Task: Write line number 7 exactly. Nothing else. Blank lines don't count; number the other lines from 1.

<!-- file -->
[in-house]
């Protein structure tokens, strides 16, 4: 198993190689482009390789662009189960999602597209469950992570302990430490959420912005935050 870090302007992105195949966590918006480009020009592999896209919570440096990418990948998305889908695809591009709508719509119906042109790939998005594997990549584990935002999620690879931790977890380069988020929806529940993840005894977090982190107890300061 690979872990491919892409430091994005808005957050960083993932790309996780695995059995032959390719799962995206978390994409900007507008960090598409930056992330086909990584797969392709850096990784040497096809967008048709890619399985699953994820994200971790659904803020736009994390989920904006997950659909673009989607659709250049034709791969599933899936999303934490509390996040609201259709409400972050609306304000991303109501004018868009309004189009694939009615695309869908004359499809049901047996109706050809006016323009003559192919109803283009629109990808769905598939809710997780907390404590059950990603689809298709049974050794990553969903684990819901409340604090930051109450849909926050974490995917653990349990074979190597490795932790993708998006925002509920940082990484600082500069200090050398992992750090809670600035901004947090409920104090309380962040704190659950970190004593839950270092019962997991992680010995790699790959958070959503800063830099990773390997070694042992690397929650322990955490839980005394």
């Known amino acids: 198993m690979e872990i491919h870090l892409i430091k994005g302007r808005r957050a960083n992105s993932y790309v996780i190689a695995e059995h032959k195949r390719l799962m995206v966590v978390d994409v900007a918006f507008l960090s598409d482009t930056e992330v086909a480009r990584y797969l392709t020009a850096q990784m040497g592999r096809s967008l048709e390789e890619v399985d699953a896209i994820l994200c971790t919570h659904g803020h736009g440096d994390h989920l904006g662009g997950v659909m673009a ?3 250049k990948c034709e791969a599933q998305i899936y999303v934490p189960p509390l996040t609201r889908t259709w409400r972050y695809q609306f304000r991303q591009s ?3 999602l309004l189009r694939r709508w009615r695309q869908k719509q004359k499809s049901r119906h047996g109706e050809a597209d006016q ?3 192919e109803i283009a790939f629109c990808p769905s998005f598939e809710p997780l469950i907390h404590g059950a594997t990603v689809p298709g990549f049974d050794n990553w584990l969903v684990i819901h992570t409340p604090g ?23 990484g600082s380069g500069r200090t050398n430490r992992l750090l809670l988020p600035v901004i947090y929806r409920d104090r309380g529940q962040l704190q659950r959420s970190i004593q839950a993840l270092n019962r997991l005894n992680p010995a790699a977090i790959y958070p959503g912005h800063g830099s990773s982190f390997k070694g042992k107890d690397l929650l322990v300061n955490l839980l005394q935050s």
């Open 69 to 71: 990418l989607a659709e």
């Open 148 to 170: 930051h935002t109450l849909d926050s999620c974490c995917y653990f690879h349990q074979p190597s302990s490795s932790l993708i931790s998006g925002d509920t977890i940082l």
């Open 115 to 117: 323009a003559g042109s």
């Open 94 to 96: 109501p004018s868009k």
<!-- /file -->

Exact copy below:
């Open 94 to 96: 109501p004018s868009k």